What Happened in Court Today?
As you know from yesterday’s email, we were in the Hamilton County Superior Court to argue the constitutionality of the “RFRA fix” and several city “human rights” ordinances that can punish people of faith for their peaceably held views on marriage and sexual morality.
It is difficult for a non-attorney to explain what happened, but here are my quick observations.
The hearing began with 30 minutes of oral arguments. Our attorney, Jim Bopp, Jr., who has argued more than a dozen times before the US Supreme Court on various free speech cases, did a very good job explaining our concerns. He noted that the RFRA fix added to the original RFRA law one week after it was signed due to historic economic and media pressure, moved RFRA from a law that protected everyone, as a balancing test for religious freedom conflicts, to one that predetermined who would automatically lose or who could not use RFRA as a defense. (That would be people of faith who hold to traditional values and teachings like the plaintiffs – AFA of Indiana and the Indiana Family Institute.) Doing this violated the equal protections clause of the Indiana Constitution and raised several First Amendment problems.
He also noted how various city ordinances allowed for the government to discriminate against people of faith based solely upon our views.
He also explained how the defendant’s arguments largely rested upon a claim that we do not have standing, or a reason for a case, because we have not (yet) been punished by these laws. He noted that those laws have had a chilling effect, limiting things we wanted to do or may do in the future in terms of events or programs in certain cities.
One note of importance is that one reason it took four years for us to have our day in court is because of those arguments on standing which we had to fight to even get to argue the merits of our concerns today. This involved two court hearings at this level and the appellate level. In both those, a trial and a higher review, the courts said we do have standing to proceed.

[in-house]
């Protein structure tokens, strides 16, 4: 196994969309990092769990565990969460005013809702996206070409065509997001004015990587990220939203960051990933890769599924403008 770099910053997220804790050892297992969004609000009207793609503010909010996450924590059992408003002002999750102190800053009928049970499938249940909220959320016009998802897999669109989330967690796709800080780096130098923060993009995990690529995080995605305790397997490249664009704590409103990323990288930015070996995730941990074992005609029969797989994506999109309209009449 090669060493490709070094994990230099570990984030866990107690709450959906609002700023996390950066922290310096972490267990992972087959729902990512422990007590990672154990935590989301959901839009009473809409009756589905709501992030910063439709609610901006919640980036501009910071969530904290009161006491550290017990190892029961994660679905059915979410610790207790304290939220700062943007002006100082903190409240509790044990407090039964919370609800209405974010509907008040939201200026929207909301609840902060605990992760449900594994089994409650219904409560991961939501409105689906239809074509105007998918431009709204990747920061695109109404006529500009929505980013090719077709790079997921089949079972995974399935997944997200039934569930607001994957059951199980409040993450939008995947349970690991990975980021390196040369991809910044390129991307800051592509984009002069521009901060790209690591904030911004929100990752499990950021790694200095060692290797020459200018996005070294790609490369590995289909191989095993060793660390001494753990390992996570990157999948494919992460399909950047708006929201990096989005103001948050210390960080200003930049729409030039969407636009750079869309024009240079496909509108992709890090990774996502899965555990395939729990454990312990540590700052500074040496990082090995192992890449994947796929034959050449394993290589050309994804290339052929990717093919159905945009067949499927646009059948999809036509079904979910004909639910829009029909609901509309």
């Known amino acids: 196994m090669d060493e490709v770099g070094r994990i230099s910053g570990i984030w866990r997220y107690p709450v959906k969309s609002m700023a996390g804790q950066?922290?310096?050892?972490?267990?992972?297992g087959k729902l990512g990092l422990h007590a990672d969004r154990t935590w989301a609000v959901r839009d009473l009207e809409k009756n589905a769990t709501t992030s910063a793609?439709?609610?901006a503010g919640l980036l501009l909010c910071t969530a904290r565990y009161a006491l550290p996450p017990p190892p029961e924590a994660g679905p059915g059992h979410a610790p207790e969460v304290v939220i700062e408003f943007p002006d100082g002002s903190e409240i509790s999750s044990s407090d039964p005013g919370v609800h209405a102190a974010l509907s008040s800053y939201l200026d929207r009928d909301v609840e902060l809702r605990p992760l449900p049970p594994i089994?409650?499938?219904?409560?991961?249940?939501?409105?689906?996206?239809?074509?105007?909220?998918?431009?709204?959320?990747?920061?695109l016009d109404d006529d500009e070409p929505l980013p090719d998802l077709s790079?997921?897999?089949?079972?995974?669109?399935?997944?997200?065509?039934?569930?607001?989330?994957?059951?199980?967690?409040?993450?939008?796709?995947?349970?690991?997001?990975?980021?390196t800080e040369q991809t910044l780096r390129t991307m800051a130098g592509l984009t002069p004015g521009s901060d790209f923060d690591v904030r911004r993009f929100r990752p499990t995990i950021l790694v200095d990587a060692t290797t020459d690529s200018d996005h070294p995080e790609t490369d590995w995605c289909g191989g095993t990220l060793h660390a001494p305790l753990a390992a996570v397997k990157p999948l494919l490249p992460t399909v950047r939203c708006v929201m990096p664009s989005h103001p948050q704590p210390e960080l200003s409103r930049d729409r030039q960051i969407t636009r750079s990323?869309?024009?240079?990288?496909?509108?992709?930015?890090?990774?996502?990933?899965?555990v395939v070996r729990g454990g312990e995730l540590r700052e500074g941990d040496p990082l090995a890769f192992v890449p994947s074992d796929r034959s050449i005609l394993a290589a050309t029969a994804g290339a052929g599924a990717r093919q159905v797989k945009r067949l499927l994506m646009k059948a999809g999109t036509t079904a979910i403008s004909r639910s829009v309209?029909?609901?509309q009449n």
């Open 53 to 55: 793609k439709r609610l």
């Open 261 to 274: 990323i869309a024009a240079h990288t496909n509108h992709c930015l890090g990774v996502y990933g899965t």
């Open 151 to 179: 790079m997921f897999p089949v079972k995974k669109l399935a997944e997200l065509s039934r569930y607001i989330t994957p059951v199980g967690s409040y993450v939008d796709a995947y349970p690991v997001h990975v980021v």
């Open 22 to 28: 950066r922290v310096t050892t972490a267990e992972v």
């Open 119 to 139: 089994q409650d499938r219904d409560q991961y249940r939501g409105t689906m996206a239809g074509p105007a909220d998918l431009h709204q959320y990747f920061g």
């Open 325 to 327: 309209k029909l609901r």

When it came to the time for the cities and the state to defend the RFRA fix and their city ordinances, each attorney was given 30 minutes. This meant that it was a 30-minute verses a 3-hour debate. That was difficult to endure because there were many things said which were not accurate about IFI, AFA-IN and our case in general.
During their three hours, more than half of their time was spent rearguing standing claims that we should not have a case because we have not been punished by these ordinances. (Bopp noted that one election can change the entire attitude of a government against us, or anyone.)
There were also arguments that several recent major cases in favor of religious freedom that we cited involving, for example, Catholic adoption agencies, wedding photographers, and Jack Phillips, the Colorado baker, were not applicable to our case.
When their time was done, the judge simply ended the hearing saying that he would review the documents and filings and hand down a ruling. I certainly pray that he does look at the legal arguments made in this case affirming religious liberty and free speech, even though it is more than 300 pages.
My guess is that we will have a ruling on this in a month or two.
I want to thank all those who prayed for the hearing today, please continue to pray for the judge in this case and that the founding principles of freedom prevail in his opinion.